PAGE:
Employers’ groups, led by the national Medef union, have reacted critically to the plan, in particular the increase in possible damages for cases of consumer violations.

Hamon, however, offered a staunch defense of the proposal. “Is it really shocking to increase sanctions for companies who lie, cheat and can bring down entire industries with them? I don’t think so.”

For its part, France’s biggest consumer group, UFC Que Choisir, has cast doubt on the potential effectiveness of Hamon's plan.

“The process [of claiming damages] can take a very long time. Consumers who are notified 15 years later won’t have the evidence or their receipts anymore,” Alain Bazot from UFC Que Choisir told Europe 1 radio.

“We have to set clear deadlines, so that justice can be delivered swiftly,” he added.

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SHOPPING

France crowns its favourite store (but have you heard of it?)

The French have selected their favourite store and it's a supermarket that many readers might not have heard of, but our readers have voted it the best in France.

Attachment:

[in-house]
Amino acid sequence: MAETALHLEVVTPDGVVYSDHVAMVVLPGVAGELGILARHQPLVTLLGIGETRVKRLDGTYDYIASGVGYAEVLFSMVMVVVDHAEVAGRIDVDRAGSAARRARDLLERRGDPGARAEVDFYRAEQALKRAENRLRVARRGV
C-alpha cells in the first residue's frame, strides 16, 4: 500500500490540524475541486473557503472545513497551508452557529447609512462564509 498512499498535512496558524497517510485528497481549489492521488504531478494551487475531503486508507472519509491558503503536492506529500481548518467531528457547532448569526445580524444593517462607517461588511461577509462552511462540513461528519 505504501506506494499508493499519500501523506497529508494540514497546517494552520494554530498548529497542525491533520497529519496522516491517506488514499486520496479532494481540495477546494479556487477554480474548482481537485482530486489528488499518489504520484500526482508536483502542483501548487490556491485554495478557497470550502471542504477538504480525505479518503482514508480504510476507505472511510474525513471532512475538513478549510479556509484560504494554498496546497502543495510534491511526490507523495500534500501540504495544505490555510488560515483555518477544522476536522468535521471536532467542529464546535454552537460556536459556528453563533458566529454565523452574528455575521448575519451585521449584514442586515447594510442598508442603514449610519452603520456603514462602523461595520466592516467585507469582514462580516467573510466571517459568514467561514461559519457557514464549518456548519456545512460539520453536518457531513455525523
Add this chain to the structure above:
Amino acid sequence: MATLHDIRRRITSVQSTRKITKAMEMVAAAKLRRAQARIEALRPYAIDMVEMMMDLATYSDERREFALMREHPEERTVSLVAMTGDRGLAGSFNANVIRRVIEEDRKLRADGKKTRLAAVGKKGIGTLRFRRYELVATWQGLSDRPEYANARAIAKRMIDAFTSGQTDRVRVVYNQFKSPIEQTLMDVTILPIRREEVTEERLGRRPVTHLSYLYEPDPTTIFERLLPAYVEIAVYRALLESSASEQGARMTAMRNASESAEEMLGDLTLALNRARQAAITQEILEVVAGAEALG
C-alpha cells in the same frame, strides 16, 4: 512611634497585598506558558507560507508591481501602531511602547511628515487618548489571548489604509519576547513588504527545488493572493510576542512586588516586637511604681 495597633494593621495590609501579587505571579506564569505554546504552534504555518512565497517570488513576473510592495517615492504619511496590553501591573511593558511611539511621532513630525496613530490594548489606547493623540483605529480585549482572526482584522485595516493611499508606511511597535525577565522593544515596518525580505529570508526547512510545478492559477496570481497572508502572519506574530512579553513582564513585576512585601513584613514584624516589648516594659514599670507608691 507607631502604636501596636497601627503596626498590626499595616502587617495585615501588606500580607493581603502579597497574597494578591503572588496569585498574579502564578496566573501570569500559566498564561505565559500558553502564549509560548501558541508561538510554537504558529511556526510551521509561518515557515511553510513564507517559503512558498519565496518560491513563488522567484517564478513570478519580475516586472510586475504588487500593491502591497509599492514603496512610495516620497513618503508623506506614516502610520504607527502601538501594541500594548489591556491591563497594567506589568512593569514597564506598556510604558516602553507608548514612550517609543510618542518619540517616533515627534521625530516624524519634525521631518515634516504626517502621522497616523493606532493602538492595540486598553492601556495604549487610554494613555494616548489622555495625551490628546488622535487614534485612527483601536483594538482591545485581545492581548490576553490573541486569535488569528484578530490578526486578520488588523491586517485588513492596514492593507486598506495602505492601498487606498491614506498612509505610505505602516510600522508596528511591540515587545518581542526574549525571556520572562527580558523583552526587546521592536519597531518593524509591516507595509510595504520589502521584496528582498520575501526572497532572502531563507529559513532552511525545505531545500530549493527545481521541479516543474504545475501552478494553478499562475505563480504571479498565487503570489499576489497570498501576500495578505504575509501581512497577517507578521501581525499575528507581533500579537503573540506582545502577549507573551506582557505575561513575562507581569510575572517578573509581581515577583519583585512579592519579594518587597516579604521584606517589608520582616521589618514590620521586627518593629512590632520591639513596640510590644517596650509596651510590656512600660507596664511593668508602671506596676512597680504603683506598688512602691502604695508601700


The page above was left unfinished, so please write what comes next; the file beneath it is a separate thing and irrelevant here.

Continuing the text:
France crowns its favourite store (but have you heard of it?)
Photo: AFP
France's 2018 store of choice is a supermarket known for selling regional products sold by local, independent businesses, in a market setting. 
 
This year, the title of France's favourite store went to Grand Frais, a French supermarket with 216 stores around the country, as it dethroned sporting goods retailer Decathlon in the annual ranking by consultancy firm OC&C. 
 
Decathlon dropped to second place followed by cultural goods shop Cultura, frozen foods store Picard and Fnac, a French retail chain selling cultural and electronic products, making up the top five spots. 
 
Another supermarket that made the top ten was Leclerc which came 8th while Swedish furniture giant Ikea came tenth. 
 
And, according to OC&C, this year's survey highlights an interesting consumer trend. 
 
READ ALSO:

Readers' tips: Which supermarket in France is the best to shop at?